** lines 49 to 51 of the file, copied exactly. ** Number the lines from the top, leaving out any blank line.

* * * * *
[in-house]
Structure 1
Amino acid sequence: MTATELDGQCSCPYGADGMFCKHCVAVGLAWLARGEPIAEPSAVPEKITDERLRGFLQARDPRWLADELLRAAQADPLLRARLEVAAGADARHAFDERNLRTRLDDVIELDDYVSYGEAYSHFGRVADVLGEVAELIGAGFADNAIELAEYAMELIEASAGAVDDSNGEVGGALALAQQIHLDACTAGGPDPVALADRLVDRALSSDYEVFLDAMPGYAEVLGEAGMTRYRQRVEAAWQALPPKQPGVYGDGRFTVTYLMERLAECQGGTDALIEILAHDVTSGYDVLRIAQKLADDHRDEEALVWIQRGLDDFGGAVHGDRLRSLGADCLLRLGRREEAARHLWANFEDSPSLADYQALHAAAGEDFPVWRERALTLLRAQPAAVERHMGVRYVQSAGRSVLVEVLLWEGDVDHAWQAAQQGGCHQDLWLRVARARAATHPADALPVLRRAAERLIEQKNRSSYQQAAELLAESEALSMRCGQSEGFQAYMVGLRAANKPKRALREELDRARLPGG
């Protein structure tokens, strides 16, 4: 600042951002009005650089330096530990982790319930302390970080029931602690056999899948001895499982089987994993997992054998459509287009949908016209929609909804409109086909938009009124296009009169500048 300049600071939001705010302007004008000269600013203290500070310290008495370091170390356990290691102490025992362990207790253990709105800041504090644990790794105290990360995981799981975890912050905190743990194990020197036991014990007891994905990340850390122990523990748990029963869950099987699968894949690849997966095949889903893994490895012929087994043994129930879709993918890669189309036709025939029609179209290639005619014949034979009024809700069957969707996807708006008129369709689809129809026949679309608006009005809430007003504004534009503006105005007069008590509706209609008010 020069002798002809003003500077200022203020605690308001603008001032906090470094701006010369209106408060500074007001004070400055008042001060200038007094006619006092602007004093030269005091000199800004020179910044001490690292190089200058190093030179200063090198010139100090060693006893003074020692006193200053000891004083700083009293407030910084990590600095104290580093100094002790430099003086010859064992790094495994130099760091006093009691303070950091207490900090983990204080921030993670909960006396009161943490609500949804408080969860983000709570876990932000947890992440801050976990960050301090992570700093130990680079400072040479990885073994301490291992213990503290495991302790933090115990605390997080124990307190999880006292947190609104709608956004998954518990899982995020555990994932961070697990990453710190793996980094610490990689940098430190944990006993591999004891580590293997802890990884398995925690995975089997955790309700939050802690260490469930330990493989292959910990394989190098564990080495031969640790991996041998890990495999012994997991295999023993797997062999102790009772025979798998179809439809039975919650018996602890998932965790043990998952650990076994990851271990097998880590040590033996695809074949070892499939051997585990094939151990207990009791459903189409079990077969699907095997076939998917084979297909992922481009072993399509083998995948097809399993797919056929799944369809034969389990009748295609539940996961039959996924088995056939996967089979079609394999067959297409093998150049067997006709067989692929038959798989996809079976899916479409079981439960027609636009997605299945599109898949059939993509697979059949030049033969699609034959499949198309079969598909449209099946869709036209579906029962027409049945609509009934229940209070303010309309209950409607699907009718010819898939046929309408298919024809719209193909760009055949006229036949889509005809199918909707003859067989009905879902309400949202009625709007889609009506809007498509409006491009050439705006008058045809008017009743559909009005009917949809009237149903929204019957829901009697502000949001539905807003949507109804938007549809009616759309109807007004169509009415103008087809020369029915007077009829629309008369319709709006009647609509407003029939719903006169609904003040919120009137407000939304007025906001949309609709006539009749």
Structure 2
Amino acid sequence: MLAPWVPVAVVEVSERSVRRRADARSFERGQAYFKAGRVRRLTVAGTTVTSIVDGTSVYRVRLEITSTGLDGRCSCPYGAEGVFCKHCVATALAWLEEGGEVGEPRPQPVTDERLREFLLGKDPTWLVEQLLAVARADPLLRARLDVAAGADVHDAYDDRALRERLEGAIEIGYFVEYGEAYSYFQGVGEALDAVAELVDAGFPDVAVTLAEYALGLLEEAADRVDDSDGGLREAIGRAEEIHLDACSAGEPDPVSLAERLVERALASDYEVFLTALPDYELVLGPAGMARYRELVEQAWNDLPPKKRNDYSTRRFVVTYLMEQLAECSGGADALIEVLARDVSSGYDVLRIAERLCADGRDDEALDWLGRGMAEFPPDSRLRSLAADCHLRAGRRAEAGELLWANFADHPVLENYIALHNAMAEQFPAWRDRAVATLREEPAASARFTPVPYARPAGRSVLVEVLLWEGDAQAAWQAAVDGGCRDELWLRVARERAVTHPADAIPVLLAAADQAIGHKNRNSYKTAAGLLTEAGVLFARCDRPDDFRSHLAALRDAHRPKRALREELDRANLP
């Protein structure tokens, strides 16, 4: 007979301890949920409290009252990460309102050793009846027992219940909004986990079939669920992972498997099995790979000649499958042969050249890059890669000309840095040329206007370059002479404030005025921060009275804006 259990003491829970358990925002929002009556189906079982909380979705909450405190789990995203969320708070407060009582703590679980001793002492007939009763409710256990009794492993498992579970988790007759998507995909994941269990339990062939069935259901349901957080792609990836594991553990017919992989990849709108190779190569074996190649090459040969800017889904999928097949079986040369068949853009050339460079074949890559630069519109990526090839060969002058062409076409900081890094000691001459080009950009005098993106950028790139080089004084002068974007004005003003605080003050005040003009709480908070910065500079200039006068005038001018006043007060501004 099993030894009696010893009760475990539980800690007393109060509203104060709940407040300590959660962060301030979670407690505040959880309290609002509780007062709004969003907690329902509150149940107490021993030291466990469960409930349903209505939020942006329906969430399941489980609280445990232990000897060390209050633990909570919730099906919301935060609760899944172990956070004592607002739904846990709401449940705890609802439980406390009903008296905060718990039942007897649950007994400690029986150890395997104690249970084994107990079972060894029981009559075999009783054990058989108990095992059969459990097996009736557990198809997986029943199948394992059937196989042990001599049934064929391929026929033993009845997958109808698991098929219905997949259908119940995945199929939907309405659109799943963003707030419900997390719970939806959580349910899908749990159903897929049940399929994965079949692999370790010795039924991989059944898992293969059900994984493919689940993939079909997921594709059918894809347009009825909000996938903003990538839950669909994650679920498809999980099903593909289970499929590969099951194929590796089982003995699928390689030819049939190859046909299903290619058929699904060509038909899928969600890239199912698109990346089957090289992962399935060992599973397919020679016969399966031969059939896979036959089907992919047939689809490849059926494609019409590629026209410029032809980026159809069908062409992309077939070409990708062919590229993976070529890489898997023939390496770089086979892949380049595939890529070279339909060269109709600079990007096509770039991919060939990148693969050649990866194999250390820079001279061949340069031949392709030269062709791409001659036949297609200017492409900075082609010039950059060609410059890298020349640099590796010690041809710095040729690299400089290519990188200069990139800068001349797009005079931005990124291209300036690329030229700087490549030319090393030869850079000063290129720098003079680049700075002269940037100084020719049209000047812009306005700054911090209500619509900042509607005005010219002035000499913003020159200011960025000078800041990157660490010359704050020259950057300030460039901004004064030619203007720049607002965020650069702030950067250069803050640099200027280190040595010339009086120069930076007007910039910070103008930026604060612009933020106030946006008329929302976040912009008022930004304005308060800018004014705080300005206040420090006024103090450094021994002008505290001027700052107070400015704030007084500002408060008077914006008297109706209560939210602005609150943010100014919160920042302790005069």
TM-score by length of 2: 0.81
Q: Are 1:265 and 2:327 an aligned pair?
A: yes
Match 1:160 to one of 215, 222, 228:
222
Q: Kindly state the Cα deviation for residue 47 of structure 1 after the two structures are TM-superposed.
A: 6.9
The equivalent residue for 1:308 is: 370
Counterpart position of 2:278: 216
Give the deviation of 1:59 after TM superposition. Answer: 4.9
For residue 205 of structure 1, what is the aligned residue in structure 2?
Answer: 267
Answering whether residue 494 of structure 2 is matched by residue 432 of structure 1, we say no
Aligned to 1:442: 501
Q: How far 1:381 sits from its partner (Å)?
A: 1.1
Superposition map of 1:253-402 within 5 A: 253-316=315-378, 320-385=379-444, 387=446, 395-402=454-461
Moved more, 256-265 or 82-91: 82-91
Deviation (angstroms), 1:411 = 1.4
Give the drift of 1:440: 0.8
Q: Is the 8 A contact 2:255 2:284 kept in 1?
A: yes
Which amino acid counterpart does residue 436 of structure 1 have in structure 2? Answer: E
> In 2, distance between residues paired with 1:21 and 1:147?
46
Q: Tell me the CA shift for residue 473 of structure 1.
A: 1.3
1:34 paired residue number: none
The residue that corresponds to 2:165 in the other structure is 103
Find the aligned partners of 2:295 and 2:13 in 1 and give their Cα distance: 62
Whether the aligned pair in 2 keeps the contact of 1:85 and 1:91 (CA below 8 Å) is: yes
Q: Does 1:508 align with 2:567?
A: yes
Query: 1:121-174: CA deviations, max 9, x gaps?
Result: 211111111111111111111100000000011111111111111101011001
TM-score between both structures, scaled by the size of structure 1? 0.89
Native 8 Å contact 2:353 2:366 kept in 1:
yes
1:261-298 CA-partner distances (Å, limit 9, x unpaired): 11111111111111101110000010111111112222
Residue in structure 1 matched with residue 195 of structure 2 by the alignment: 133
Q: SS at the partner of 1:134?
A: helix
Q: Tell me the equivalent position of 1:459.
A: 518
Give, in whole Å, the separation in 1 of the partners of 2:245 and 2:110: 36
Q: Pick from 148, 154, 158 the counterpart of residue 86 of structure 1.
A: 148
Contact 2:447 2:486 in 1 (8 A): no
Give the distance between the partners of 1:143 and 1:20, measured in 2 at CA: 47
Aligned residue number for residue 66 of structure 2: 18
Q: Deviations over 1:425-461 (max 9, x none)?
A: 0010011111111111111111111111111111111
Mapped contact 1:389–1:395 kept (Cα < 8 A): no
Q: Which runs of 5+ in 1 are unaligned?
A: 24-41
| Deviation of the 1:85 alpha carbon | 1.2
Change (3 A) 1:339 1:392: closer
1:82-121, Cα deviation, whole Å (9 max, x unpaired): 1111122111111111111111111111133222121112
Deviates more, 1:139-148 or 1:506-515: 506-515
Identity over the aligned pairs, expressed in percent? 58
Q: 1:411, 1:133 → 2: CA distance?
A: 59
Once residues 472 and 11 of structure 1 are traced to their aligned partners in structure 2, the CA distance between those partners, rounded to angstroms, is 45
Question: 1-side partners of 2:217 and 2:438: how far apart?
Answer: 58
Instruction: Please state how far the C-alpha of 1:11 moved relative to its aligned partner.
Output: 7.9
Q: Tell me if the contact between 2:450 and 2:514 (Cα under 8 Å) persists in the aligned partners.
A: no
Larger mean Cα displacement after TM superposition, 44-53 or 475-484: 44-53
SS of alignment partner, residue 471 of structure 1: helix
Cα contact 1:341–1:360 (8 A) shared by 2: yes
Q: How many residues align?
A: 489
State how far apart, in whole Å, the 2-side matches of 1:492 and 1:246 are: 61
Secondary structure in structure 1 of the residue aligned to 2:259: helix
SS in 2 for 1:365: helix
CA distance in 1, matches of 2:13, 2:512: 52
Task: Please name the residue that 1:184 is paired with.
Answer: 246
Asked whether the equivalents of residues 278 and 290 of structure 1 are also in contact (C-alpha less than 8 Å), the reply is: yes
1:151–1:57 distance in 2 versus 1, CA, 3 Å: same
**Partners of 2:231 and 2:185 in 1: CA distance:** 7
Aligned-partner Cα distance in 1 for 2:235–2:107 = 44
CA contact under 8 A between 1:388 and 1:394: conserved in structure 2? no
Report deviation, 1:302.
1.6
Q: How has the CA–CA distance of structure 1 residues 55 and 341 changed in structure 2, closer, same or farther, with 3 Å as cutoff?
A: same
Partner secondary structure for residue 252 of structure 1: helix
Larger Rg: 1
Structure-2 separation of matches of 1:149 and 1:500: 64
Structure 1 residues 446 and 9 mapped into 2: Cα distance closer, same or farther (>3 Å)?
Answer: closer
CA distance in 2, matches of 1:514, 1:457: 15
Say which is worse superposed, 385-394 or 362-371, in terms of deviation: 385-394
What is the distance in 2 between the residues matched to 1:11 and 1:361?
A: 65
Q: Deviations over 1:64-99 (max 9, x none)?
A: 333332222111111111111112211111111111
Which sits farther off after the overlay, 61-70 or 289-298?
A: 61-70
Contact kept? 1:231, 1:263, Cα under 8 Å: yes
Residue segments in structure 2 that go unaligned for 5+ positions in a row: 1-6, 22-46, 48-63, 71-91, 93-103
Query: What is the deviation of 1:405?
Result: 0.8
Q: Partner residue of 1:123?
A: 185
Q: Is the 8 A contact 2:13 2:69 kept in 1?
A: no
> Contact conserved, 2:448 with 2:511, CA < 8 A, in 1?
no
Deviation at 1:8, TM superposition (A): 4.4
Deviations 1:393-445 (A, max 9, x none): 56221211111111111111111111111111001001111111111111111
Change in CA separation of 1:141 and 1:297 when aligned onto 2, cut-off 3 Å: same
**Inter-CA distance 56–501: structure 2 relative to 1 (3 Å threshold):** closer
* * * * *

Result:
A: helix
Q: Tell me the equivalent position of 1:459.
A: 518